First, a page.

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Windstream Gets OK For Up To $24M In Ch. 11 Exec Bonuses

A New York bankruptcy judge Tuesday approved telecom provider Windstream Holdings’ request to pay top executives up to $24 million in bonuses and said the company should use the judge's authority to back its pushback against a competitor's advertising campaign.
U.S. Bankruptcy Judge Robert Drain overrode objections by U.S. Trustee William Harrington and found Windstream had made its case for paying the bonuses, and said customer and employee notices correcting what the judge had called a misleading advertising campaign by competing telecom company Charter Communications should say the campaign was halted by court order.
Windstream filed for Chapter 11 in February after a federal court ruling that a 2015 real estate spinoff left it in default of senior notes and owing a hedge fund more than $310 million.
In April, the company proposed to pay up to $5 million in key employee retention program bonuses to induce certain employees to stay with the company through the Chapter 11 process and up to $20 million in performance-based key employee incentive program bonuses to top executives.
Counsel for the company on Monday told Judge Drain they had made two changes after negotiations with creditors, reducing the maximum incentive bonuses by about $1.1 million and delaying the payment of half of the incentive bonuses until after the Chapter 11 concludes.
Harrington had filed an objection to the proposal, arguing in part that some of the retention bonuses could improperly go to corporate insiders. In court, counsel for the U.S. Trustee's Office argued eligible employees held executive vice president titles and supervised hundreds of employees.
However, at the hearing, counsel for Windstream argued none of the KERP-eligible employees reported directly to the board of directors or had control over corporate policy, and so did not fit the legal definition of "insider."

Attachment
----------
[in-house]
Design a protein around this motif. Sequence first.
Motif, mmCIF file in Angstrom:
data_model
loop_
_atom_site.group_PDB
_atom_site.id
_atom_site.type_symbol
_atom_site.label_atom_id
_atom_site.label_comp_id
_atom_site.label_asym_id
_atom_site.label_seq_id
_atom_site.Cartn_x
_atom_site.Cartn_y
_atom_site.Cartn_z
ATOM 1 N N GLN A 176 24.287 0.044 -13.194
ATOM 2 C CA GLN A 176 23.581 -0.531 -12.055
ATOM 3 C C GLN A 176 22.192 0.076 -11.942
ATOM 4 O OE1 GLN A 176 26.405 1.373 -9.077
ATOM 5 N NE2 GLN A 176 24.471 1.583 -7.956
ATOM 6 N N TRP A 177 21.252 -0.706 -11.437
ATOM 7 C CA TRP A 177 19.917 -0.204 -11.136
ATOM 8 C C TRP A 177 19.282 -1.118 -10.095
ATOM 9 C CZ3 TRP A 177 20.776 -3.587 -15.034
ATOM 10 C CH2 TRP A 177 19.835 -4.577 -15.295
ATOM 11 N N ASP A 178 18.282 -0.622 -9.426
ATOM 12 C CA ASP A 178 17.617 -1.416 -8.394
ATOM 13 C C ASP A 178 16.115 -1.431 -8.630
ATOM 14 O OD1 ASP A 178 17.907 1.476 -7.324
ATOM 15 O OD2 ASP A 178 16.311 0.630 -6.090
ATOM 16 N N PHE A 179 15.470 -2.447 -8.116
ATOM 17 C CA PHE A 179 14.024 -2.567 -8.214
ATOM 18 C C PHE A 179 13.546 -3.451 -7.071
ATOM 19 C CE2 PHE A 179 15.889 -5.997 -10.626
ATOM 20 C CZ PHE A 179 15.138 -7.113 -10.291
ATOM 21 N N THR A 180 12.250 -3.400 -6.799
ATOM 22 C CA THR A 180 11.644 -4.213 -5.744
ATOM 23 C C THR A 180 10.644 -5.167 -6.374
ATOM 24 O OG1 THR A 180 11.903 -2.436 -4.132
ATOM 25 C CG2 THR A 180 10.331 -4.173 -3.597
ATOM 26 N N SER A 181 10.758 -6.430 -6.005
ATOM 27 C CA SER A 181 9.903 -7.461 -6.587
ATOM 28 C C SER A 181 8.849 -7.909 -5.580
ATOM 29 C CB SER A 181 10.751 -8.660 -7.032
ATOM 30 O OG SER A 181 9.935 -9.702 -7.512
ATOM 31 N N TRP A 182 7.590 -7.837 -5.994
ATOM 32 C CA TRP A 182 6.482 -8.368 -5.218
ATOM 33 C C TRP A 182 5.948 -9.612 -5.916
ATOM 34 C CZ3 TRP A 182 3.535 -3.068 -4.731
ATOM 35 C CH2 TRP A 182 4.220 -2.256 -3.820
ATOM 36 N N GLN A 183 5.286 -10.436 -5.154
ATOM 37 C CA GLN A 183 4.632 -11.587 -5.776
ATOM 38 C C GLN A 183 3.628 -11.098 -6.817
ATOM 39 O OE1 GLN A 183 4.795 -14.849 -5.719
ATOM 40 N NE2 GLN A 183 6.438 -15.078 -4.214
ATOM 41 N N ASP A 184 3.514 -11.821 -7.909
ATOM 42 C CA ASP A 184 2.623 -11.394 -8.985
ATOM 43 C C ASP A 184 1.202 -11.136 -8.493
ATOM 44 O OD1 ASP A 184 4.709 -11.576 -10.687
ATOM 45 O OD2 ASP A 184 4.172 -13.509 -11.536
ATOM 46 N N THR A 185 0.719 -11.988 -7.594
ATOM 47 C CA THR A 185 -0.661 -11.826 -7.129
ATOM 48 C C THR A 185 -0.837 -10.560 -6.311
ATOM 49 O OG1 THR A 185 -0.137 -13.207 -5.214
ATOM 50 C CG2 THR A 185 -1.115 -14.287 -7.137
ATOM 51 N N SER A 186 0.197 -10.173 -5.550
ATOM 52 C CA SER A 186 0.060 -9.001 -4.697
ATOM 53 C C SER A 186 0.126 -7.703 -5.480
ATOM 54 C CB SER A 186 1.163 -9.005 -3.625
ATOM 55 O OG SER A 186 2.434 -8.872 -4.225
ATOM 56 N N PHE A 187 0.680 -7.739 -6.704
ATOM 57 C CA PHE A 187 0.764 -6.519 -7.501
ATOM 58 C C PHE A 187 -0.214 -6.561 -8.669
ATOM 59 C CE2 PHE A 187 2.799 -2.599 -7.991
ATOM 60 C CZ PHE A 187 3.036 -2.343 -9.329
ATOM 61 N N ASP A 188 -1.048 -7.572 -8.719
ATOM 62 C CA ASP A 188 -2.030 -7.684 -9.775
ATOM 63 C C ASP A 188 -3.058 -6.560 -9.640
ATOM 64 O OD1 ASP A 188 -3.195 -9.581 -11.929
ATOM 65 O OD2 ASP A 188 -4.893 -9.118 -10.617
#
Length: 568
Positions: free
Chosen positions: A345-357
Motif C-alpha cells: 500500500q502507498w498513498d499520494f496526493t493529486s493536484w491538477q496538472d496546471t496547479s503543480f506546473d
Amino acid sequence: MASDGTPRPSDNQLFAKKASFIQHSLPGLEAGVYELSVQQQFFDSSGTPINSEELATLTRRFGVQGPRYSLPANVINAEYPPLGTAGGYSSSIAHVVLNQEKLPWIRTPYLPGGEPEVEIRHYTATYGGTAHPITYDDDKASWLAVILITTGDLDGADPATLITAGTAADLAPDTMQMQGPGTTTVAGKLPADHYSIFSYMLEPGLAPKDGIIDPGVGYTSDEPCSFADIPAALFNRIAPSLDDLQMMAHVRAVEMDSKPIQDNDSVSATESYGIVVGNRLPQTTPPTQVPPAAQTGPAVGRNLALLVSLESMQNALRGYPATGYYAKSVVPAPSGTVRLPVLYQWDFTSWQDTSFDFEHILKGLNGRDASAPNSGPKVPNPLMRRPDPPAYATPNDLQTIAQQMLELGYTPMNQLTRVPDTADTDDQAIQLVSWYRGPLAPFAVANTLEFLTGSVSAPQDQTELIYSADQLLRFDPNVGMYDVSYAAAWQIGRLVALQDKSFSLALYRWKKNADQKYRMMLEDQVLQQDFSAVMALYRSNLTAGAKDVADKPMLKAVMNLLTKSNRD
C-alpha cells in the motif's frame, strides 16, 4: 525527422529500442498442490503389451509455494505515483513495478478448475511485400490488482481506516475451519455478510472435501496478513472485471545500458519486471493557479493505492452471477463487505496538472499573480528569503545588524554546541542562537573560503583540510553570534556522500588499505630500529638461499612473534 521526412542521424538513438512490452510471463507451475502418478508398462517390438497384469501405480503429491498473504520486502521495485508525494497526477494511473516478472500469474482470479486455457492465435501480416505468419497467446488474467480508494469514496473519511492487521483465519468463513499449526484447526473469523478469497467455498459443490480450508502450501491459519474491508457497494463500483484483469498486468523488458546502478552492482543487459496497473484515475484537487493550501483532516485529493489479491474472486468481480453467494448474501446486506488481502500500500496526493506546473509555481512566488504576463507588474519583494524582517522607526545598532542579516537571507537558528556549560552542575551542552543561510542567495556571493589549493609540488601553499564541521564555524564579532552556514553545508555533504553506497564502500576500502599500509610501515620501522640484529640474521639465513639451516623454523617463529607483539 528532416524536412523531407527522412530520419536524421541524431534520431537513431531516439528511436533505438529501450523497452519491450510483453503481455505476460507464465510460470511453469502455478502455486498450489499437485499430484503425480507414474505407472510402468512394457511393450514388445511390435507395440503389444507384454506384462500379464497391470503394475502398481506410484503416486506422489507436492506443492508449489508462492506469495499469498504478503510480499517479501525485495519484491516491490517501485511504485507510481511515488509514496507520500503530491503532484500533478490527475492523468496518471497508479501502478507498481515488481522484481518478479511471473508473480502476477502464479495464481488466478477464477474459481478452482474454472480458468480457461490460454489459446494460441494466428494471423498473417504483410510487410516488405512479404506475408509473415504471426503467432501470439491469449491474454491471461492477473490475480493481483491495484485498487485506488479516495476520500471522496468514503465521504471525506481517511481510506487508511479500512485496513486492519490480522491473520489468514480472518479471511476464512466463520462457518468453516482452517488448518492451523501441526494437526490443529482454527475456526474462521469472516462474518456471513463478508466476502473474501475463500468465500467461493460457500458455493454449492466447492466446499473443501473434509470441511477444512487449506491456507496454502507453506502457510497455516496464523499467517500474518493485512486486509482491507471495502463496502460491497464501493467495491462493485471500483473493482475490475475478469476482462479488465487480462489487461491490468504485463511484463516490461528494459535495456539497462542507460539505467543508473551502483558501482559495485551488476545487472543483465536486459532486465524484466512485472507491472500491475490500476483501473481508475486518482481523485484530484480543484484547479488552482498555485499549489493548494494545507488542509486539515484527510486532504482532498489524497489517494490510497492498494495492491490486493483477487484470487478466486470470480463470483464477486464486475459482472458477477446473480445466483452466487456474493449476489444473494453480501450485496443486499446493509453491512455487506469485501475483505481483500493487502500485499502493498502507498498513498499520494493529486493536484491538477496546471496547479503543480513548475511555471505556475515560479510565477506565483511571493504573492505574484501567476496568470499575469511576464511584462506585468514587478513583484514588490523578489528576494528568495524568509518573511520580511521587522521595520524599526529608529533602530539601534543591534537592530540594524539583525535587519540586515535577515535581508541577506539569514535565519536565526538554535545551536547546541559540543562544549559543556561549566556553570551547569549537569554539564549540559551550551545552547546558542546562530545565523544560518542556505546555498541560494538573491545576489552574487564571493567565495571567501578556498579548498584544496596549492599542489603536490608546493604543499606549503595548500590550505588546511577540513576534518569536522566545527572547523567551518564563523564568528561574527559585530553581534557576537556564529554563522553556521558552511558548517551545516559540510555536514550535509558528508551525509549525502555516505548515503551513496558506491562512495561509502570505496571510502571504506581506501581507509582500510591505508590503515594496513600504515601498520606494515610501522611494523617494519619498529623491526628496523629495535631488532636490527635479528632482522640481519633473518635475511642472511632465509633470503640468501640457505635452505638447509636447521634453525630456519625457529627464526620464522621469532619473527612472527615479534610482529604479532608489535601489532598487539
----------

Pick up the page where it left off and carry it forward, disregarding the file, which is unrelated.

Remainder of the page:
Harrington also argued the benchmarks for the performance incentives were set too low, saying executives would begin to receive incentives when Windstream's revenues hit a point 10% below the company's 2019 revenue projections.
Windstream, however, argued the company has failed to meet its projections multiple times in the past, most recently in 2017, and the uncertainty caused by the bankruptcy and "increasingly aggressive competition" will mean the company will have to work to reach the 2019 projection.
"Every one of these goals is specifically designed to drive performance," Windstream counsel Brad Weiland argued.
Also on the agenda was the adversary action between Windstream and Charter. Windstream told the court in April that Charter tricked customers into thinking Windstream would be shutting down its service with an advertising campaign that included sending 800,000 mailers urging customers to switch to Charter's Spectrum brand for telecommunication services.
Judge Drain said the letters, which included the text "Goodbye Windstream, hello Spectrum," could appear to have been sent by Windstream based on the appearance of the marketing materials and ordered the campaign halted.
At Tuesday's hearing, the parties reported that Charter employees had received notices telling them not to refer to Windstream's bankruptcy to customers unless asked and that Windstream had sent customers notices that it would continue to provide service, although Windstream counsel said the company was still seeing skepticism and cancellations from its clients.
Judge Drain said new notices should be sent out referring to his order, saying they would be more likely to be obeyed by Charter employees and believed by Windstream customers.
Windstream is represented in the bankruptcy case by Stephen E. Hessler, James H.M. Sprayregen, Marc Kieselstein, Ross M. Kwasteniet, Cristine Pirro Schwarzman, Brad Weiland and John R. Luze of Kirkland & Ellis LLP. It is represented in the adversary action by Terence P. Ross, Tami Kameda Sims and Shaya Rochester of Katten Muchin Rosenman LLP.
Harrington is represented by Paul K. Schwartzberg of the U.S. Trustee's Office.
Charter is represented by John S. Kingston and Brian W. Hockett of Thompson Coburn LLP.
The bankruptcy case is In re: Windstream Holdings Inc. et al., case number 19-22312, and the adversary action is Windstream Holdings Inc. et al. v. Charter Communications Inc. et al., case number 19-08246, both in the U.S. Bankruptcy Court for the Southern District of New York.